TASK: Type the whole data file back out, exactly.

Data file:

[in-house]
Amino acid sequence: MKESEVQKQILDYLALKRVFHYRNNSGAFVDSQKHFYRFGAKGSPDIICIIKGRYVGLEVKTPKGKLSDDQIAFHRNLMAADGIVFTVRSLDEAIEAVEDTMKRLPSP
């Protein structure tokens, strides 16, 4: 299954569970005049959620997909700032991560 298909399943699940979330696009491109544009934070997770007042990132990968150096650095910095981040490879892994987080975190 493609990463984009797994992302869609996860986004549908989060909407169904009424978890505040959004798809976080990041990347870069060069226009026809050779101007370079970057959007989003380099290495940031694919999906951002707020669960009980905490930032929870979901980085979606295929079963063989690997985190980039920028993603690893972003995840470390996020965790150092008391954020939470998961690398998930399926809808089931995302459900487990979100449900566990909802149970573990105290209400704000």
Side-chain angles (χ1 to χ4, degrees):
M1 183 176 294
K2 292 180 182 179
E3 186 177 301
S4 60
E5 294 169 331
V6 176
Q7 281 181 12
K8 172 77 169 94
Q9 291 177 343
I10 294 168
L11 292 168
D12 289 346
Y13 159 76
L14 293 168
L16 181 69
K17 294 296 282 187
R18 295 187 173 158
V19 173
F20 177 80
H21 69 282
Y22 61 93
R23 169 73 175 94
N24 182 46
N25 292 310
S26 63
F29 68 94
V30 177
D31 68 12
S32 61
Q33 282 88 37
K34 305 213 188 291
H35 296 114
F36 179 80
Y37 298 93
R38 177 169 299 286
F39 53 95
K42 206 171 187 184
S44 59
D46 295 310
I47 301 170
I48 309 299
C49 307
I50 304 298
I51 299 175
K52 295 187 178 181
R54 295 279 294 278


[in-house]
Amino acid sequence: MKESEVQKQILDYLALKRVFHYRNNSGAFVDSQKHFYRFGAKGSPDIICIIKGRYVGLEVKTPKGKLSDDQIAFHRNLMAADGIVFTVRSLDEAIEAVEDTMKRLPSP
């Protein structure tokens, strides 16, 4: 299954569970005049959620997909700032991560 298909399943699940979330696009491109544009934070997770007042990132990968150096650095910095981040490879892994987080975190 493609990463984009797994992302869609996860986004549908989060909407169904009424978890505040959004798809976080990041990347870069060069226009026809050779101007370079970057959007989003380099290495940031694919999906951002707020669960009980905490930032929870979901980085979606295929079963063989690997985190980039920028993603690893972003995840470390996020965790150092008391954020939470998961690398998930399926809808089931995302459900487990979100449900566990909802149970573990105290209400704000």
Side-chain angles (χ1 to χ4, degrees):
M1 183 176 294
K2 292 180 182 179
E3 186 177 301
S4 60
E5 294 169 331
V6 176
Q7 281 181 12
K8 172 77 169 94
Q9 291 177 343
I10 294 168
L11 292 168
D12 289 346
Y13 159 76
L14 293 168
L16 181 69
K17 294 296 282 187
R18 295 187 173 158
V19 173
F20 177 80
H21 69 282
Y22 61 93
R23 169 73 175 94
N24 182 46
N25 292 310
S26 63
F29 68 94
V30 177
D31 68 12
S32 61
Q33 282 88 37
K34 305 213 188 291
H35 296 114
F36 179 80
Y37 298 93
R38 177 169 299 286
F39 53 95
K42 206 171 187 184
S44 59
D46 295 310
I47 301 170
I48 309 299
C49 307
I50 304 298
I51 299 175
K52 295 187 178 181
R54 295 279 294 278